October 27, 2015 12:47:44 pm
No matter how abject our situation in life, when we interact with people, (the world) we always project a picture of perfection. We constantly remind others of how we are the chosen ones who have been spared of so much horror that the others are subjected to.
But this stance of ours takes a 360 degree turn when we approach God (the higher power/divinity). For Him our list of woes is endless- ‘why me?’ or ‘why not me?!
So where do we really stand?
Are we the ‘blessed’ soul leading a handpicked life (by our own admission) or are we this brat complaining about why the others are leading a better life than us?
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We, the crowd of people, operate in this world with a subjective sense of identity. The ‘self’ has its origin in our consciousness (aham) and is the ‘I’ maker.
This sense of ‘I’ ness or ahamkara produces thoughts of ‘me and mine’. The by products of ‘me and mine’ are jealousy, attachment, greed, arrogance to name a few.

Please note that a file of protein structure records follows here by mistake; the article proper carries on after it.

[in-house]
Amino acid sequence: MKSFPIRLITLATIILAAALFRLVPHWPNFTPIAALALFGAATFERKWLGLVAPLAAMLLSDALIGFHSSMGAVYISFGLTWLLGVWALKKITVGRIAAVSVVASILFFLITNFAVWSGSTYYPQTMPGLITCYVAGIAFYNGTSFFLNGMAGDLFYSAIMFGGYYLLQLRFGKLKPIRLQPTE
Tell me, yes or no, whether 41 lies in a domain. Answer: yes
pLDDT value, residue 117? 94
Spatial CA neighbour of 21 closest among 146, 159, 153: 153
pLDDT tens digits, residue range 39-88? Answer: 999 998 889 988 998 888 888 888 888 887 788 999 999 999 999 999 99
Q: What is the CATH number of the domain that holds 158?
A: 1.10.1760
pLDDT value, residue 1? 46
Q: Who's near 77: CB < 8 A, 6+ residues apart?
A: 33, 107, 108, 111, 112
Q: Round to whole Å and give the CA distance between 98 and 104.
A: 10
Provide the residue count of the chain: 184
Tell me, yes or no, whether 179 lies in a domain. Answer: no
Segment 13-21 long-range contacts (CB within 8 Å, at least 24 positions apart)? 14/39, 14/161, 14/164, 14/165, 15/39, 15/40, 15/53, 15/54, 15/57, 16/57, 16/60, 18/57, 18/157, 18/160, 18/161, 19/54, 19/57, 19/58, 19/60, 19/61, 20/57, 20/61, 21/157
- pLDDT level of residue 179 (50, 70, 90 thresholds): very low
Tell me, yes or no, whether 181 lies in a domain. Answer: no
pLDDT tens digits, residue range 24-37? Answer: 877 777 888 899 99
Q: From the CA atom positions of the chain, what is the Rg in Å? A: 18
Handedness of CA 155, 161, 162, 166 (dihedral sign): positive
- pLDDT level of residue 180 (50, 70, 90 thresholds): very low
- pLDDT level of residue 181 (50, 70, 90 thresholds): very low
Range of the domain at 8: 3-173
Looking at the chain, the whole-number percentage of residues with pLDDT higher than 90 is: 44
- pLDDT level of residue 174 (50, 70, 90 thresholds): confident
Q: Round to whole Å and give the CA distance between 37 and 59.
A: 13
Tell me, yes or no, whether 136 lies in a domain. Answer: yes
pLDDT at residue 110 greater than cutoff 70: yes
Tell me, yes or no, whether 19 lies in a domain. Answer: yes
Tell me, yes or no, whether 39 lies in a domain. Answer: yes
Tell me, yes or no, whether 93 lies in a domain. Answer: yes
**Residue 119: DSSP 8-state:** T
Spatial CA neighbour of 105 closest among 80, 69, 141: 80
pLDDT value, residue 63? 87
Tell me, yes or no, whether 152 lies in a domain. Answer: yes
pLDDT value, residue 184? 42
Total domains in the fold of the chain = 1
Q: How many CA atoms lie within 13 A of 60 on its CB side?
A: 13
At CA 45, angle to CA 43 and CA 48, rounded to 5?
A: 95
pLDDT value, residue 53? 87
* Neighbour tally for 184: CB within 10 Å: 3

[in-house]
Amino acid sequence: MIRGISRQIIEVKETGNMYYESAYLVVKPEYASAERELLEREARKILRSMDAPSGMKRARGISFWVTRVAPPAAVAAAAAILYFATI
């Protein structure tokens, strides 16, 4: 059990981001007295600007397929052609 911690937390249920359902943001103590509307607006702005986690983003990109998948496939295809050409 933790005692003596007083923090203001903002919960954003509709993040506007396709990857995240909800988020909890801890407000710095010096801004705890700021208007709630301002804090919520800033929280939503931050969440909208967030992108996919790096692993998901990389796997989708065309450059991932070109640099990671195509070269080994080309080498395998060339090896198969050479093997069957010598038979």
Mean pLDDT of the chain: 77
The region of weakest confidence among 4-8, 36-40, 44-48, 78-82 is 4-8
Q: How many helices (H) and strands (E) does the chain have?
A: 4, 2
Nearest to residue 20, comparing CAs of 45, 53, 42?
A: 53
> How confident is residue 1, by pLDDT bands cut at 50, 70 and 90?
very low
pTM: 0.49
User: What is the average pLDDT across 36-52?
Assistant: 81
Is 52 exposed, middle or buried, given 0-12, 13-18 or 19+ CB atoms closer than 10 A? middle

The thoughts of ‘me and mine’ are the source of all the problems because out of them stem an inflated sense of ‘self’. Everything about this vain self wants to be grand and special.
Like Indra, the god of the sky, who asked his architect, Vishwakarma, to build him a grand palace befitting his stature, we too are constantly on the lookout for things and responses ‘befitting’ our imagined grand stature.
Since this vain self is dependent on the world for its validation it can’t bear the thought of disapproval or negation from the world in any way, shape or form. It particularly loathes being at the receiving end of sympathy because it is aware that sympathy is just another tool for the ego to feel superior about itself. The ‘poor you and lucky me’ stance makes for an instant feel good emotion.
Hence, the minute it comes into contact with the world, the ego-self not only projects but believes it is ‘greater’ than the others in some way or another. It is the ego’s only way to survive its ordinariness.
It lets its guards down in front of a higher power (God) because it does not see God as a threat to its self-worth. It humbly or grudgingly pleads with that higher power to enhance that (fame and fortune) by which its worth is measured in the material world.
This is because the ‘self’ takes the world of maya- that which can be measured and categorised by our mind, for reality. And till the time it lives in this illusion of ‘confusing the map for the territory’ as the semanticist Alfred Korzybski’s slogan aptly describes it, it is bound to suffer by its own greatness.
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